Analogy of a flock of birds with the challenges of innovation and intellectual property

Have you ever sat in awe watching a local flock of birds as they make quick and abrupt changes of direction and the flock follows? Looking at local bird flocks, you can immediately see that they are very different from migrating bird flocks, as migrating birds fly in straight lines. It’s hard to say why the birds fly together in formation in local flocks and seem to challenge each other over who will lead the formation, but that seems to be what they are doing. With long-distance migrations, it’s obvious they do it for the aerodynamic advantage.

Now, I would like to take this analogy and offer you a thought. I’d like you to sit down and think about it for a moment as I compare this to the innovations and changes in any given industry, as industry leaders compete for position with new innovations, research and development, and other companies follow. Occasionally, the industry has a pretty good idea of ​​where it’s going in the future, but doesn’t know exactly how to get there, or the exact intended destination, it just knows that it will eventually get there.

Let’s take a look at Apple and its latest iPods, iPhones and iPads – you’ll have to admit, that’s a lot of innovation for one company in a short time. It seems that just when you think there can be no new innovations, Apple comes up with something new. They are definitely innovators in the personal technology industry, personal computers and who knows what else in the future. Every time they innovate, the herd follows. Some of the other companies or birds follow them very closely and try to imitate them almost exactly.

Other companies fall behind, taking it easy without trying to fight for the top position or keep up with them. Instead of the flock making a sharp right turn, they may simply adjust their trajectory vector slightly to catch up. In essence, the next companies, imitators and copiers of your innovations, patents and intellectual property spend much less energy, although you could loosely say that they are still part of the herd (industry).

Older or weaker birds do this more often, especially if they can’t keep up with younger, stronger birds, who may be displaying themselves to potential mates or competing for pecking order. One might wonder which strategy is better. Flying in the slipstream of the leader and thus in his wake like Lance Armstrong in the Tour de France, or falling behind the “Platoon” and flying less distance each time the herd turns in a different direction, it just keeps coming to indie . destiny with the rest of the birds.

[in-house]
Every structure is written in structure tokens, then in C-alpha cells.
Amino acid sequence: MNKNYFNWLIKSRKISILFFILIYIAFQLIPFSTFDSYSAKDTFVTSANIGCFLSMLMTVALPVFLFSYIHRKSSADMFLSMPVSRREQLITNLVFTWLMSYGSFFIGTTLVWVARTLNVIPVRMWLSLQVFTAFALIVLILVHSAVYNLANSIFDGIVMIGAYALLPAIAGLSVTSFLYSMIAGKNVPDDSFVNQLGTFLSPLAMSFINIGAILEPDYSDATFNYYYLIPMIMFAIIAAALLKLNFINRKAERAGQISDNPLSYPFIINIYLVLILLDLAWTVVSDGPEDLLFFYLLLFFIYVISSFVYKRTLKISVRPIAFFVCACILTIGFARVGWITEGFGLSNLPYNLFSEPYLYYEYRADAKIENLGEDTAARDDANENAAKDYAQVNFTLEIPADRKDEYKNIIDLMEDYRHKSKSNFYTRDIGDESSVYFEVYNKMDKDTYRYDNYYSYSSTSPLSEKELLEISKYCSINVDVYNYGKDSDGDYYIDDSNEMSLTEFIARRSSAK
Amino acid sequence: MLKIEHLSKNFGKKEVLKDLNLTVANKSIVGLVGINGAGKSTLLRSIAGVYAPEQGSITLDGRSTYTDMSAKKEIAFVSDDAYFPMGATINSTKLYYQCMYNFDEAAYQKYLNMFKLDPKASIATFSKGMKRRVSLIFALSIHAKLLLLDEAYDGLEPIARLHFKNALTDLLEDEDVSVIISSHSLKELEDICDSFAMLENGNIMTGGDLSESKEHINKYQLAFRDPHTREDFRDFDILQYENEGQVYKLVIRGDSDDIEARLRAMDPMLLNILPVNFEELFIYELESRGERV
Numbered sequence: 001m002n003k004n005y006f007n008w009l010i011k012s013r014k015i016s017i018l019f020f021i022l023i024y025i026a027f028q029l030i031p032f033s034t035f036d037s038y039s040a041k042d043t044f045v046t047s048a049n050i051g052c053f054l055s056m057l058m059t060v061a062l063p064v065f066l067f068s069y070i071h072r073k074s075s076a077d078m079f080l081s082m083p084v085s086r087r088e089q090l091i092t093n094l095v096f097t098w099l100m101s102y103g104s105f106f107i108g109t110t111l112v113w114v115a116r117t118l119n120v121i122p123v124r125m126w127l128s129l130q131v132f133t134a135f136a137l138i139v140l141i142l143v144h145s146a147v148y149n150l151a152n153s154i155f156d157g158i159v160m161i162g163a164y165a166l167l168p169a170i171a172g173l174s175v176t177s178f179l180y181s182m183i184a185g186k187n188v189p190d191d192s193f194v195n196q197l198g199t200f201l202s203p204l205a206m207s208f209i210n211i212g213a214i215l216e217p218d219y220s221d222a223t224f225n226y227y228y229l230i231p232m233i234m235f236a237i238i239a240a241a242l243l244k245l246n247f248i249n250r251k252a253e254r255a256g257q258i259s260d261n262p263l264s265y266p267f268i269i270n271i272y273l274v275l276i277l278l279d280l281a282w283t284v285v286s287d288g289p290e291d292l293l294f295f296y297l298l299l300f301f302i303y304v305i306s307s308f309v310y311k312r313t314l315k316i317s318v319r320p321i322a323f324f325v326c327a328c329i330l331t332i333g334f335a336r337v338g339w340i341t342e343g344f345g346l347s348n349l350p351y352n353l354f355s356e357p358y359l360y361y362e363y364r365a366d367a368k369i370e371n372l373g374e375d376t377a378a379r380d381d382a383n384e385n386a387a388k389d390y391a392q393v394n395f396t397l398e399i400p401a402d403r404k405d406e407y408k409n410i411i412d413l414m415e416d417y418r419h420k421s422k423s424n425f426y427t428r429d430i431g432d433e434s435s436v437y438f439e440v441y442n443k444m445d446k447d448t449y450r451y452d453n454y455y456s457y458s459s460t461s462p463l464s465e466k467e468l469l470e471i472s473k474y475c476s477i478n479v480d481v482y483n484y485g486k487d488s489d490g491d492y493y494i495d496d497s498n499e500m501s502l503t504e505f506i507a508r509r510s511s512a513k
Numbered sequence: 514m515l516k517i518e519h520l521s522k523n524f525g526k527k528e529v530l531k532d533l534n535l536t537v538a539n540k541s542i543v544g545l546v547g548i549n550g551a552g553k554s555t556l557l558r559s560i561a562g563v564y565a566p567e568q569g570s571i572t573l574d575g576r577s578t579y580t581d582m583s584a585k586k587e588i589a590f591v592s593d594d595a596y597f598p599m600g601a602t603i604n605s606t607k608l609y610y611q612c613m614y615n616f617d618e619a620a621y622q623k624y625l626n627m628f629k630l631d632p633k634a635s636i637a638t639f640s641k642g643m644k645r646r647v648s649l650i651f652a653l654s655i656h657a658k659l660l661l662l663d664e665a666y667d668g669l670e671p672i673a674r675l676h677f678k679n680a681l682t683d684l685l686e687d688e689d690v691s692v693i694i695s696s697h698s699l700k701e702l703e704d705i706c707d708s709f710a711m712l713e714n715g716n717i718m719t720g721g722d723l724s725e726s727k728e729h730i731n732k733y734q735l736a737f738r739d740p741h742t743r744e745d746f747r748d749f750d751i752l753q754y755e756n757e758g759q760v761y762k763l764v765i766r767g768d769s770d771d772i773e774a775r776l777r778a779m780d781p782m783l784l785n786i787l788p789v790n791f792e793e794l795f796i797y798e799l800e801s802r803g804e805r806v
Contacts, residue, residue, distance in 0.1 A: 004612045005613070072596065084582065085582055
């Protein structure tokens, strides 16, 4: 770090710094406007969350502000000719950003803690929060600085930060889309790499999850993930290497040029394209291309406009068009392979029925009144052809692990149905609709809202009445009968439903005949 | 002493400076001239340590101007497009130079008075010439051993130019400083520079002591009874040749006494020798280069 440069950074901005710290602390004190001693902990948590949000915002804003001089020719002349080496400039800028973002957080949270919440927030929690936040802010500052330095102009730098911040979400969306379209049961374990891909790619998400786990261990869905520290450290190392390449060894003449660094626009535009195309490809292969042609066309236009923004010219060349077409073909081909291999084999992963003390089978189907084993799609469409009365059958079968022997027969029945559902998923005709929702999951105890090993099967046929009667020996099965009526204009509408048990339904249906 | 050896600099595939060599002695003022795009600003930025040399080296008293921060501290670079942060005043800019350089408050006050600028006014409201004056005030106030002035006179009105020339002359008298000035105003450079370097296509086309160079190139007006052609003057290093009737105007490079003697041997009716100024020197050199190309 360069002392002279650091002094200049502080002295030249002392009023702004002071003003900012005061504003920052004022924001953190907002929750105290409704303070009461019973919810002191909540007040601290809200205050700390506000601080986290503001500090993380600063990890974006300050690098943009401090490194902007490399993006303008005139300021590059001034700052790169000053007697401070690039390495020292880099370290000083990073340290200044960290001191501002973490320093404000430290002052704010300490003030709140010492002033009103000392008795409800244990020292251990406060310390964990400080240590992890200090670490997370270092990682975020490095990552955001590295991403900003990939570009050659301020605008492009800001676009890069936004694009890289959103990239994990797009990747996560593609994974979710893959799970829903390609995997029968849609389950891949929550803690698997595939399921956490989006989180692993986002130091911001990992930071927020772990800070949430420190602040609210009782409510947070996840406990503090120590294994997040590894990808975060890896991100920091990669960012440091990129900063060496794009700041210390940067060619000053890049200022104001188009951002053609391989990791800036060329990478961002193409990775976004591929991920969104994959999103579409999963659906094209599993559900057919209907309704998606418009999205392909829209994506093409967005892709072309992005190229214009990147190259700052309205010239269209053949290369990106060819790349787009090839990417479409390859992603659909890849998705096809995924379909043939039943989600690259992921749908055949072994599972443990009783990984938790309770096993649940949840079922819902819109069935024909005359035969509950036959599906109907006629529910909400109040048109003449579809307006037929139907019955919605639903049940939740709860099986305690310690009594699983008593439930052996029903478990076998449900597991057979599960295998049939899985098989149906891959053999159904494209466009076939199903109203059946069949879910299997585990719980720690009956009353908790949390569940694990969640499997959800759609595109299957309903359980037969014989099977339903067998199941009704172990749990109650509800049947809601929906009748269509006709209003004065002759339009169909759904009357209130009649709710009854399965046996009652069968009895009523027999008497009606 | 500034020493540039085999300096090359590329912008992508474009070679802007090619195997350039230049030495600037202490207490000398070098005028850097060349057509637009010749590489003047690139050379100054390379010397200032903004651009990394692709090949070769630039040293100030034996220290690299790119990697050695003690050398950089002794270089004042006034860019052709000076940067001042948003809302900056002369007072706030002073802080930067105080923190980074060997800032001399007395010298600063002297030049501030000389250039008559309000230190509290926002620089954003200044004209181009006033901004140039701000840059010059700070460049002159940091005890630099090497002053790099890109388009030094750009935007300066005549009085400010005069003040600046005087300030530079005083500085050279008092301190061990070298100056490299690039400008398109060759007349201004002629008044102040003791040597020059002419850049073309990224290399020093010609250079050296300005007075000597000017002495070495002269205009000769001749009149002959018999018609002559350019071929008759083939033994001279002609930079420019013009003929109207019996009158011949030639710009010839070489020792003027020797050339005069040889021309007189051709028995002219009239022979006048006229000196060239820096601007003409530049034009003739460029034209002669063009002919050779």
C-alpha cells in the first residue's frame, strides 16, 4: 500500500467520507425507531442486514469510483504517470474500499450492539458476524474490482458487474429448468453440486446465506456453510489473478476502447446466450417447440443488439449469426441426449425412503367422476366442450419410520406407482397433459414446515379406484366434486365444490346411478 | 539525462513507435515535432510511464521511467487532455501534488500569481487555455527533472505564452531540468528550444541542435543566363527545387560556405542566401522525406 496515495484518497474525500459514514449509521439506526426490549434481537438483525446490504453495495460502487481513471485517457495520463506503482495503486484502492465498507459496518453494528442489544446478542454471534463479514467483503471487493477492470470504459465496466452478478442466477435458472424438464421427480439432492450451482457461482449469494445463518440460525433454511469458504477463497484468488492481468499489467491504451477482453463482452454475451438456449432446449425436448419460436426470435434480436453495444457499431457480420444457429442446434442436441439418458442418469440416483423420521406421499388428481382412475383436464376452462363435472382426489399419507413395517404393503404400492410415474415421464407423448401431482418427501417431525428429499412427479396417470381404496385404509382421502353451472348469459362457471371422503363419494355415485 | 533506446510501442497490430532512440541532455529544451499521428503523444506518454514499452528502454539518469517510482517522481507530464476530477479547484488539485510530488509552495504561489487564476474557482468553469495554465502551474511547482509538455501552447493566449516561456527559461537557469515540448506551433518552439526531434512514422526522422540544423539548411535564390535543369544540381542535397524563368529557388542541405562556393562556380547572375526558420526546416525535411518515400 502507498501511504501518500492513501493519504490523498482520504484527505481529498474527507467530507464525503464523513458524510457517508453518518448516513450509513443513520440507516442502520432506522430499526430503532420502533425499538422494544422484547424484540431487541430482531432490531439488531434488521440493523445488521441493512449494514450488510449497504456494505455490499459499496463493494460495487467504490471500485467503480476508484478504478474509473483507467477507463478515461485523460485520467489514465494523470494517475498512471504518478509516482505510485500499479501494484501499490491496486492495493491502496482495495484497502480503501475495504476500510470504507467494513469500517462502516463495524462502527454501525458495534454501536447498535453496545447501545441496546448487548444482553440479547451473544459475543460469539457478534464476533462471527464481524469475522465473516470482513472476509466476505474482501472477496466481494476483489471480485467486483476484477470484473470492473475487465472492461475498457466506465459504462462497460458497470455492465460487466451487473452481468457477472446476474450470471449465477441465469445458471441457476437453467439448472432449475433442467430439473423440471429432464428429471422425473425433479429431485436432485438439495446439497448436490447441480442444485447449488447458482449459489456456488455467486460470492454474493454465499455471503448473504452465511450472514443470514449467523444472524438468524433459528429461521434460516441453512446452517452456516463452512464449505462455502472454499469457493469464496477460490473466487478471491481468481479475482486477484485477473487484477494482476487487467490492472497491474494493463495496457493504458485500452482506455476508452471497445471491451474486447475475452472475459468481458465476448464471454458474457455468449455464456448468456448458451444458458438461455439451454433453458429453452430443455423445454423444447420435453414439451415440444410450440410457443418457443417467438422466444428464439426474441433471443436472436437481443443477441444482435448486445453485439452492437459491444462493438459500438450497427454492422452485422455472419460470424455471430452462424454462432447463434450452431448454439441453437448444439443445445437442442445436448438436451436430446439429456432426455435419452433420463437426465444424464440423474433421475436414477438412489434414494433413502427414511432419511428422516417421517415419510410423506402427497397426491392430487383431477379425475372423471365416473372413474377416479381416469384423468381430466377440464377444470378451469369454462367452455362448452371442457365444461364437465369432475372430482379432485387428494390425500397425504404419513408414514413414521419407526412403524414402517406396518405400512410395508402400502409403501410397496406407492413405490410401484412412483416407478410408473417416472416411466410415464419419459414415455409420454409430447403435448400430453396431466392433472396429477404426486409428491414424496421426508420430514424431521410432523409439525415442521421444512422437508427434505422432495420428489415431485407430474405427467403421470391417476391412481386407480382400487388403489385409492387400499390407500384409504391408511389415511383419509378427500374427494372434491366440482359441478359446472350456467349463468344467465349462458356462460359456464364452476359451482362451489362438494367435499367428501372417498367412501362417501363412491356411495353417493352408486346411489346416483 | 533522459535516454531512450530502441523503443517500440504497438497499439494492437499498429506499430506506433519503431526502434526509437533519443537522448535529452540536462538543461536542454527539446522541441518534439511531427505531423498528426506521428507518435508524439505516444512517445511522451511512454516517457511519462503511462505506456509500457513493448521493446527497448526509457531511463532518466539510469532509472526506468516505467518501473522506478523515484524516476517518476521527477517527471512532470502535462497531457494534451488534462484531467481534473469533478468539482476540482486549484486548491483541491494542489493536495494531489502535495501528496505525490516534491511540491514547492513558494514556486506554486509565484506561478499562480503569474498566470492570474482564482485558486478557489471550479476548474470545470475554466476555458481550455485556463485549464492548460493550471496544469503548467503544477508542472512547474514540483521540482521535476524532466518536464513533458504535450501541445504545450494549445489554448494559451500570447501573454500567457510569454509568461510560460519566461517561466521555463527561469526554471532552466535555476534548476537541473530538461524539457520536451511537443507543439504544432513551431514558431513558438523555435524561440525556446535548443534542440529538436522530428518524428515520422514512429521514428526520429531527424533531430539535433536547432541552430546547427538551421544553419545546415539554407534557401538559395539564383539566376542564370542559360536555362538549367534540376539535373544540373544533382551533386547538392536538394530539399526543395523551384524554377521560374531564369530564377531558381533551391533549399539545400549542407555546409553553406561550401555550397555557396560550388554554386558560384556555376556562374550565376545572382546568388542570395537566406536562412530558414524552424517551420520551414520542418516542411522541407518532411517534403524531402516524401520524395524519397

If we look at Apple and its market capitalization, or a company like Google, or even Microsoft in the past, we see the innovators who, if they can keep innovating, tend to win the game. In a flock of birds, the lead birds most likely mate with the other birds of their choosing and remain at the top of the pecking order. Because of all that fancy flying and hard work, they are also probably stronger, more physically fit birds, and that is also a benefit.

There will always be leaders in any industry or field, and there will always be leeches joining the ride. Some would say the best strategy is to be the lead bird, or to leverage as often as possible using “first to market theory” and yet I would suggest to them in this age of rapid prototyping, cutthroat personal technology. branding and marketing deployments, that being first to market may not be prudent or even safe. That’s fine, but we find that many of the pioneers of new technology enjoy a certain advantage, but not always.

For every Apple or Google or Microsoft there are tens of thousands of companies, start-ups, innovative VC-funded firms that are no longer with us. They were also first in their market, spending a lot of money on branding and marketing, establishing distribution channels, just to have the older birds, copying their methods, innovations and imitating their prototypes, thus capturing the lion’s share of the market. market at the end.